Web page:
I discussed last week how the series had moved to explorations of ‘inner space’, physically and psychologically, by confining small groups of characters to a minimum number of sets. “Sleep No More” is a further iteration of how clever production design, lighting and minimal visual effects respond to constraints of budget. Gatiss also defers ambitious effects, legions of monsters and location filming to concentrate on the interesting premise but tends to abandon his characters. I also wanted to see more of the Indo-Japanese influenced design of the station as there’s barely enough here to establish the 38th-century milieu.

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Talking of monsters, The Sandmen are well realised and, as a sentient agglomeration of mucus, oil, skin cells and other debris, are a creepy extension of body horror and underline the idea of monsters lurking within while we grab forty winks. They also benefit from the lullaby counterpoint of Pat Ballard’s song “Mr. Sandman“, acknowledging the figure from European folklore who dropped the sleep into children’s eyes to initiate pleasant dreams.

E.T.A. Hoffman turned this into a nightmarish tale where the Sandman would throw dust in children’s eyes, their eyes would fall out and he would feed them to his own children. We are also only a step away from Morpheus, the Greek God of dreams, mentioned by Clara. It’s interesting that Clara is dragged into one of the Morpheus machines, induced into sleeping (perhaps even dreaming the entire series?), and that Rassmussen hides in one of the pods, planning his scheme from within as a form of insidious dream.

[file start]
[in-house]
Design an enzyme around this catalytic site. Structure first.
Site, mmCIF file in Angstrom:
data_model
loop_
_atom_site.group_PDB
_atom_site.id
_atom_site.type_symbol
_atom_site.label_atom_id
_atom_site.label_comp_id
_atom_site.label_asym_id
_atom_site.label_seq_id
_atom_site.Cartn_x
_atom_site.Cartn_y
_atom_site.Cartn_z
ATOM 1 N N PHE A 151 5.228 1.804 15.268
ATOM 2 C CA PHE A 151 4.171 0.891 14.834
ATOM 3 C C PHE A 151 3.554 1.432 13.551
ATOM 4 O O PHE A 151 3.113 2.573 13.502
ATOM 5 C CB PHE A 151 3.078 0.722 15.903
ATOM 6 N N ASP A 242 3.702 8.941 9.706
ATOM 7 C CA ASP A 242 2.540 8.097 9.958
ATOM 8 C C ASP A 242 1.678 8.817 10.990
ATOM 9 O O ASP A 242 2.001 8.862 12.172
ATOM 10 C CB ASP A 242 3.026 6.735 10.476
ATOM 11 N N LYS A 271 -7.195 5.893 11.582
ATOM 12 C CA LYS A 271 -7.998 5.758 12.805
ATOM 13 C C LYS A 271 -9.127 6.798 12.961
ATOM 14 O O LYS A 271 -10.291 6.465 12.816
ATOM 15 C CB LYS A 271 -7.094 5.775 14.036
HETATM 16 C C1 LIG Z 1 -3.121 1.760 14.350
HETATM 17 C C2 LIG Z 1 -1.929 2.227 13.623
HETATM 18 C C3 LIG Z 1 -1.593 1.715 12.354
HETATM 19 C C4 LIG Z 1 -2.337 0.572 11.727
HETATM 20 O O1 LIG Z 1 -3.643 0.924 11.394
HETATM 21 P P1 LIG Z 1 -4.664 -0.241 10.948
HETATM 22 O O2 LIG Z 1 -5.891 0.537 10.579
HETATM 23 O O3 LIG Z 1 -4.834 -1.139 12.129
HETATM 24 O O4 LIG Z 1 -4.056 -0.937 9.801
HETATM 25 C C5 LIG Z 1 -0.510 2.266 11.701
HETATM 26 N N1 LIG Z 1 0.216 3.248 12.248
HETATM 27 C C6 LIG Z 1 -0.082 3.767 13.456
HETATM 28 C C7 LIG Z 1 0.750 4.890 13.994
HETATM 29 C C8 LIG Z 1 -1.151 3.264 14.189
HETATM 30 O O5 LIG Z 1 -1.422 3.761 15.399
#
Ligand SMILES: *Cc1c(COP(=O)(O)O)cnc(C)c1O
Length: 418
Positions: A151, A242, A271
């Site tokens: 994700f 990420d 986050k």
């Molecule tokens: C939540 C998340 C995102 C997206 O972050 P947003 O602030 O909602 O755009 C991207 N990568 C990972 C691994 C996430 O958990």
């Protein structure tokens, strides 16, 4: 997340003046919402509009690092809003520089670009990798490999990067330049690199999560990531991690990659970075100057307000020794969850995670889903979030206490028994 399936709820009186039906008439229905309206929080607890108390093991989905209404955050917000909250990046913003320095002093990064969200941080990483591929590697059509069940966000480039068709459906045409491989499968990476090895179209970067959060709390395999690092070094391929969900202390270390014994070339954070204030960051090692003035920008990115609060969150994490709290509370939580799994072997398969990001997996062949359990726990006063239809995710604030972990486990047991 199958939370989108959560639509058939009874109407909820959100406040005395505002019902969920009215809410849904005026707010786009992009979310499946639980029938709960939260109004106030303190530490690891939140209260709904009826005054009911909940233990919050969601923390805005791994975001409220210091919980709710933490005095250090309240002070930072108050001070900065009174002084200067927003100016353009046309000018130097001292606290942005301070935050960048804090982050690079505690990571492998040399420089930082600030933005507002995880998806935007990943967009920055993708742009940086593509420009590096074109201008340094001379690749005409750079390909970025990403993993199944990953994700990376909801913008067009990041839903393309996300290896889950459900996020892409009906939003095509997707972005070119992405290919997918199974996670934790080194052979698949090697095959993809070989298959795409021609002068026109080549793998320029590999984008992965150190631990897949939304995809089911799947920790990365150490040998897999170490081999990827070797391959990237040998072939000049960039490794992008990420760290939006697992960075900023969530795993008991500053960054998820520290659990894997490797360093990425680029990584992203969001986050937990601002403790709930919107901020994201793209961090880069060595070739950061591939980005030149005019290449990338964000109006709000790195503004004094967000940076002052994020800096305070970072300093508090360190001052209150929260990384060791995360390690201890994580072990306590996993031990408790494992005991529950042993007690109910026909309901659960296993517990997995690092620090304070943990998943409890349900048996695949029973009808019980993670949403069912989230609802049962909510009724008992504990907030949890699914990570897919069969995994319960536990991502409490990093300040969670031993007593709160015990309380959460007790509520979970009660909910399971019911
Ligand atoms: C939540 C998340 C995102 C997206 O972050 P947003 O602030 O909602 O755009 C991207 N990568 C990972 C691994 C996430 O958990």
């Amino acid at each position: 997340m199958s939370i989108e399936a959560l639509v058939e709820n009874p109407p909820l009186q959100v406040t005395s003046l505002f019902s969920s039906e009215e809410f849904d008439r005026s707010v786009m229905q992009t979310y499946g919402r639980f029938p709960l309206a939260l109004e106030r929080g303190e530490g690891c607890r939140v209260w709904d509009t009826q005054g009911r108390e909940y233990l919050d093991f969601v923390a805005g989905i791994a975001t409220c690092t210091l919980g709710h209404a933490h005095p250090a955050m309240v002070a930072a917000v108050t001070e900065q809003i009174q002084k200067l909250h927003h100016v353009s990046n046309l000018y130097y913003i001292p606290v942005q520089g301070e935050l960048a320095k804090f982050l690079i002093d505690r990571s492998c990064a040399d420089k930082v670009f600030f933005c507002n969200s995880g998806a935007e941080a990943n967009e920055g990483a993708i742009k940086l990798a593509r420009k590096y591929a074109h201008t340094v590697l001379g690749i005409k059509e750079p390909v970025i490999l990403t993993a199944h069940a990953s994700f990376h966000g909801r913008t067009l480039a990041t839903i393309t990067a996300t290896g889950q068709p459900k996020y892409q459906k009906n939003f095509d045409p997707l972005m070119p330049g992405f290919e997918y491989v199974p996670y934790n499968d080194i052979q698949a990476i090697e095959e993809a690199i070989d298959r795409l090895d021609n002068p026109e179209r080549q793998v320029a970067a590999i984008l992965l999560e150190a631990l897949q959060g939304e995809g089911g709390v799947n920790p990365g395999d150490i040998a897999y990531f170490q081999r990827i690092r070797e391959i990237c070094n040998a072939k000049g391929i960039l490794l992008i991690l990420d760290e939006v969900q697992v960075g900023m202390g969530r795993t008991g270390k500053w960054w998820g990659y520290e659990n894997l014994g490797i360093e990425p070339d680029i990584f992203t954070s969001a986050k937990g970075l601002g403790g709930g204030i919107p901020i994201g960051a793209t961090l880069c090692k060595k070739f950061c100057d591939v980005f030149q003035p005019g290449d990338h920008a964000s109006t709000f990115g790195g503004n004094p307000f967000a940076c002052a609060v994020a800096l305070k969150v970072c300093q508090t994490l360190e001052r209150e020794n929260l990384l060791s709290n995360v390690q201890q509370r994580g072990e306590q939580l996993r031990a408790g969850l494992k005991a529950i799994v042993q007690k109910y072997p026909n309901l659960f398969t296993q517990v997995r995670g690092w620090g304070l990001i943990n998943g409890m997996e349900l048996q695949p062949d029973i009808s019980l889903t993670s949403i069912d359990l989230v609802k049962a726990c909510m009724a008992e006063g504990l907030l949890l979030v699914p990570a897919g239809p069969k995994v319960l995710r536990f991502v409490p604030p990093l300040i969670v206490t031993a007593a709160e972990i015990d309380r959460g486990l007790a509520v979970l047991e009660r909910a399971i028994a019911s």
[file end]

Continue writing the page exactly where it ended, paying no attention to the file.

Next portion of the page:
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The Doctor works out that all of this has a connection to the Morpheus pods. Each of the crew, apart from Chopra but including Clara, have been in the pods. He concludes that all the viewpoints the characters and the audience are seeing are being gathered together by Gagan Rassmussen as a statement for the authorities when they pick him up in a rescue ship after he has disposed of them all. He’s the company Sandman trying to smuggle the deadly monster back to civilisation.

Rassmussen’s confession plays out as found footage, disrupted by spikes in the video feed, and all the monsters and the running up and down corridors no longer make any sense. When the TARDIS departs and the lab self-destructs it’s a false ending and Rassmussen appears again on screen to dismiss everything we have just seen. Echoing E.T.A. Hoffman, he plucks out his eye as he crumbles to dust and utters his chilling curse.

The only constant is the Morpheus machine’s ability to plug into the brain and “Sleep No More” is nothing but a viral recording; a comment on the nature of Doctor Who’s own “death defying scrapes, monsters and a proper climax with a really big one at the end!”, to spread the infection gathering in the corner of your eye as you snooze. This is horror reconfigured around our interactions with technology, and how it exposes our private selves and inner fears. It’s just a shame that in its bold execution it’s missing that vital element: it isn’t particularly scary.